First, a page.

• He constructed two equal condensers, each consisting of a metal ball enclosed in a hollow metal sphere, and he provided also certain hemispherical shells of shellac, sulphur, glass, resin, &c., which he could so place in one condenser between the ball and enclosing sphere that it formed a condenser with solid dielectric. He then determined the ratio of the capacities of the two condensers, one with air and the other with the solid dielectric. This gave the dielectric constant K of the material.

• Blaine, on the other hand, contended that representation should be based on population instead of voters, as being fairer to the North, where the ratio of voters varied widely, and he insisted that it should be safeguarded by security for impartial suffrage.

• Then by relations (2) the heat, H, absorbed in the isothermal change BC, is to the work, W, done in the cycle ABCD in the ratio of o to (o' - o").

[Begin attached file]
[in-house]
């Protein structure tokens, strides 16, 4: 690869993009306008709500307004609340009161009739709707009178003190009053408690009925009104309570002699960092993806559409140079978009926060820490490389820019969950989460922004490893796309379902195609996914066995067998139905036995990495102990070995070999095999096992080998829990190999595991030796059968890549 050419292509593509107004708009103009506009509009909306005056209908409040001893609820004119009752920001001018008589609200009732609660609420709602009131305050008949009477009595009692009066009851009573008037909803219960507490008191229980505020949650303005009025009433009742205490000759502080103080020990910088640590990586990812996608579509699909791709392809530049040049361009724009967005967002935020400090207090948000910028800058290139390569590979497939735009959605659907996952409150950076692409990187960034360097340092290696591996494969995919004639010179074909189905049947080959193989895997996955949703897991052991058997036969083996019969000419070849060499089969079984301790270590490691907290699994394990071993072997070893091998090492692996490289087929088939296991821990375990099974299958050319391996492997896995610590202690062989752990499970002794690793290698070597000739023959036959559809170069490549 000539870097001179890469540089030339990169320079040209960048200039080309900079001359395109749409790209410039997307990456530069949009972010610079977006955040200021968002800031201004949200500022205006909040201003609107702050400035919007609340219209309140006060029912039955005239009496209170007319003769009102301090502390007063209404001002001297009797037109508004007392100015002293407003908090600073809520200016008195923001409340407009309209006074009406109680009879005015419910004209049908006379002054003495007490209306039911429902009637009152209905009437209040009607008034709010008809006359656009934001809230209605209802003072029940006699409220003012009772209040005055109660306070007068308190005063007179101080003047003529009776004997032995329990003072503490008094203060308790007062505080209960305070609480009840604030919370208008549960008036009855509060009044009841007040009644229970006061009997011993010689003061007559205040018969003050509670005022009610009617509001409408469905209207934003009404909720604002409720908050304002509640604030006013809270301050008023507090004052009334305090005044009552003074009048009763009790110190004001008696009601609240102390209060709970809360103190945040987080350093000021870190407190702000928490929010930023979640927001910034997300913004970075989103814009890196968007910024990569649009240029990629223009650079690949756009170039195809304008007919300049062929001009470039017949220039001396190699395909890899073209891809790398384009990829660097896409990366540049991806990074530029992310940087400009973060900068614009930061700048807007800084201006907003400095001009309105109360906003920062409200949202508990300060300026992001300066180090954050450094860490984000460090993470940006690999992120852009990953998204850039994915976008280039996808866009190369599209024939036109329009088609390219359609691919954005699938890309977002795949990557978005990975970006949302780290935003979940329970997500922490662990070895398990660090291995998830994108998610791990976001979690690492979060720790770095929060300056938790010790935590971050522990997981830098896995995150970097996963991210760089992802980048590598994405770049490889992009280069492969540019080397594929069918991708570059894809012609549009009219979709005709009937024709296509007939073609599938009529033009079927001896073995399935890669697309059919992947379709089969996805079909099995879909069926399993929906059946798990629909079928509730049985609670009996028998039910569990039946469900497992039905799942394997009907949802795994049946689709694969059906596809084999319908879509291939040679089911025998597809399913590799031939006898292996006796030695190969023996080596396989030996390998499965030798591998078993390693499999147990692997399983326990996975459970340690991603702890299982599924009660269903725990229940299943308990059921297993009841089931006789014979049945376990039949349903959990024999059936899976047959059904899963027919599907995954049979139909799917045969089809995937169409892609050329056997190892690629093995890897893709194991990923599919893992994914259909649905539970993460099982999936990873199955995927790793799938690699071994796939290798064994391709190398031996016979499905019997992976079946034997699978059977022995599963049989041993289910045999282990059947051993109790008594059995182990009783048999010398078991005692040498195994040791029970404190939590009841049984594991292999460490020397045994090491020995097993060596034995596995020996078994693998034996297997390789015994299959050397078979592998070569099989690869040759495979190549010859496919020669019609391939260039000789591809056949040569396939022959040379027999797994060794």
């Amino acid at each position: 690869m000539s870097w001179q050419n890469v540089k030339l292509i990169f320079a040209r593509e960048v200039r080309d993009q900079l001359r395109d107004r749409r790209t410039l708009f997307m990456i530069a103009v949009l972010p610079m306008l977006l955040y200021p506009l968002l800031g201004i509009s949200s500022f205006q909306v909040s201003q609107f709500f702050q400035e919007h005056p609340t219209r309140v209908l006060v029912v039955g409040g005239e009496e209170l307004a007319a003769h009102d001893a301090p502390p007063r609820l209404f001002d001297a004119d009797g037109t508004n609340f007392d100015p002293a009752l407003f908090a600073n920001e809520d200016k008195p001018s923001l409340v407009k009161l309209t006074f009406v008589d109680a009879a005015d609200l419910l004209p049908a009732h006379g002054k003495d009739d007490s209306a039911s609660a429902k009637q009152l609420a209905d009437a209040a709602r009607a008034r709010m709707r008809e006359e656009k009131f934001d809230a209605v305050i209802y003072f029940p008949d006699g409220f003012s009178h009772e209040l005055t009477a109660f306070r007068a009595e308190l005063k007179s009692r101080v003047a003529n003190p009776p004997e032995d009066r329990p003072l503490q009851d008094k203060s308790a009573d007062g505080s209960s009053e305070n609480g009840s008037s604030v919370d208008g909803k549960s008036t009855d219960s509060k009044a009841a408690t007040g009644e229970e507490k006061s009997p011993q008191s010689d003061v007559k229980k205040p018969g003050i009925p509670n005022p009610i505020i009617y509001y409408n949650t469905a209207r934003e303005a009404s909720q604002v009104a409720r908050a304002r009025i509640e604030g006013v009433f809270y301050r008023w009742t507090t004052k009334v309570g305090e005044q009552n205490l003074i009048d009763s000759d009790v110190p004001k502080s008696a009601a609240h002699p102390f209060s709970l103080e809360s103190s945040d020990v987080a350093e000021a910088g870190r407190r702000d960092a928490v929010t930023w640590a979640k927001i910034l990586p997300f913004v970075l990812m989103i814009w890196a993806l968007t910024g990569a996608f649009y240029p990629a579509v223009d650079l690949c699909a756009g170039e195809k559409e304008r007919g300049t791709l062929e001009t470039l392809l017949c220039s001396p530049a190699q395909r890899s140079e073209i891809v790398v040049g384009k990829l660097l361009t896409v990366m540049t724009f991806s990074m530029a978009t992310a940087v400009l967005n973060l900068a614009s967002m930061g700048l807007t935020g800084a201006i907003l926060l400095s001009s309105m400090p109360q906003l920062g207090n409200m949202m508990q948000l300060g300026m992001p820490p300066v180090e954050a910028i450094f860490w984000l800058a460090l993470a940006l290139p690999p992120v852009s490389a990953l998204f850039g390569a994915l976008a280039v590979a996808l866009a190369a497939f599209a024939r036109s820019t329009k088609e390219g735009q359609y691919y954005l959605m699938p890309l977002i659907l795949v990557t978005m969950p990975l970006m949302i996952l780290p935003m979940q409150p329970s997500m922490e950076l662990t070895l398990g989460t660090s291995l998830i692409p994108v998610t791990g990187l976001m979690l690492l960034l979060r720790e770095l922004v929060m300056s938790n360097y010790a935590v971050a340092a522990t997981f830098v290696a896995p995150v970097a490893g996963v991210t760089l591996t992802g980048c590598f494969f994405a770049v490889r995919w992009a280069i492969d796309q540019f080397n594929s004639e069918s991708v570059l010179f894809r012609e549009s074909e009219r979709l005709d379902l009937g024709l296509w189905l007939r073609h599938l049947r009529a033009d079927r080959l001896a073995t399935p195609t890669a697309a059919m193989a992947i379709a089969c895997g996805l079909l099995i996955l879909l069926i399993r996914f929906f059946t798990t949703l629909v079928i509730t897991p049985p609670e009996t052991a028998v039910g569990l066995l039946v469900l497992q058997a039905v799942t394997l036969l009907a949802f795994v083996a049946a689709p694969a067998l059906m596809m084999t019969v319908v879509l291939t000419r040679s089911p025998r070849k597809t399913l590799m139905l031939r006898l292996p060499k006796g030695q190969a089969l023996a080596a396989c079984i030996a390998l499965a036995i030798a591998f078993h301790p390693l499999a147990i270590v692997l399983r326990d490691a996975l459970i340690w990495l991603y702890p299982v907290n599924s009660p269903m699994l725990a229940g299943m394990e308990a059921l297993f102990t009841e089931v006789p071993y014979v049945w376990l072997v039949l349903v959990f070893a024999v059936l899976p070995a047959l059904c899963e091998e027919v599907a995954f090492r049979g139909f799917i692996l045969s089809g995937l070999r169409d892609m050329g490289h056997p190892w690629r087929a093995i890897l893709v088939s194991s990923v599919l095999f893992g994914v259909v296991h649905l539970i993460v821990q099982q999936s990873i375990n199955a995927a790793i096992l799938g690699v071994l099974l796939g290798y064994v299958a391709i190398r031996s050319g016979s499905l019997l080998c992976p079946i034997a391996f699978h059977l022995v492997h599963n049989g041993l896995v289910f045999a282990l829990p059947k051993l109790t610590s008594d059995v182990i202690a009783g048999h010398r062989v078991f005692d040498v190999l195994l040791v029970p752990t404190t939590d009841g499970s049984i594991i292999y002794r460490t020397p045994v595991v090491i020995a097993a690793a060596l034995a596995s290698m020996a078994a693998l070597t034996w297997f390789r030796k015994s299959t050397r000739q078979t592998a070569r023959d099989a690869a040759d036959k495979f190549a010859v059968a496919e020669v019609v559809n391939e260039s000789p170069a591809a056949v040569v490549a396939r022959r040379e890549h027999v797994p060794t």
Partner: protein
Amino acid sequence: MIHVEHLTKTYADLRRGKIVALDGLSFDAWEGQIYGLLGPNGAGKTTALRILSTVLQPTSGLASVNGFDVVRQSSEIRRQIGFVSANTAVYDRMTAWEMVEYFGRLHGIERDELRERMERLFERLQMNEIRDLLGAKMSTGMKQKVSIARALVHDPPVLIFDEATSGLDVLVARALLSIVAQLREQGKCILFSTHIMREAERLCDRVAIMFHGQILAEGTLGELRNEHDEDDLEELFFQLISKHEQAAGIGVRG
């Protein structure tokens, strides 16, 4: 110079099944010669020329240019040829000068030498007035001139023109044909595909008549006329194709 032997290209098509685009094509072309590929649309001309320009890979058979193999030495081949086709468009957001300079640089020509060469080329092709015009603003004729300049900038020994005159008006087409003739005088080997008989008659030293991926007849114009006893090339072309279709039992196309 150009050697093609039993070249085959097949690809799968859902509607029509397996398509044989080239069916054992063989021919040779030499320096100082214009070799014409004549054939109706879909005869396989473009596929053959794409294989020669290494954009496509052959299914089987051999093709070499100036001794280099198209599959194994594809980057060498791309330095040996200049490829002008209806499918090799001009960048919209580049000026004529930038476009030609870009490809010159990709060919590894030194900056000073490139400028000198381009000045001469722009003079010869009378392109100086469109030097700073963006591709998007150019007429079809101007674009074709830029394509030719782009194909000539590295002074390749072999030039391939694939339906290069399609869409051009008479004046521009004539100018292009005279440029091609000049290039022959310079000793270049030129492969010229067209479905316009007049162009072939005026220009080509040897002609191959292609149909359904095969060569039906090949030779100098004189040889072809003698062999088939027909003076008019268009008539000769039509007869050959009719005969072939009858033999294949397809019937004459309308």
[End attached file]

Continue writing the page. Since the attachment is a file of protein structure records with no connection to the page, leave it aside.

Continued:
• Since the amounts of heat supplied at constant pressure from E to F and from E to C are in the limit proportional to the expansions EF and EC which they produce, the ratio S/s is equal to the ratio ECÃ†F.

• It is often impossible to observe the pressure-coefficient dp/de directly, but it may be deduced from the isothermal compressibility by means of the geometrically obvious relation, BE = (BEÃ†C) XEC. The ratio BEÃ†C of the diminution of pressure to the increase of volume at constant temperature, or - dp/dv, is readily observed.

• The isothermal elasticity - v(dp/dv) is equal to the pressure p. The adiabatic elasticity is equal to y p, where -y is the ratio S/s of the specific heats.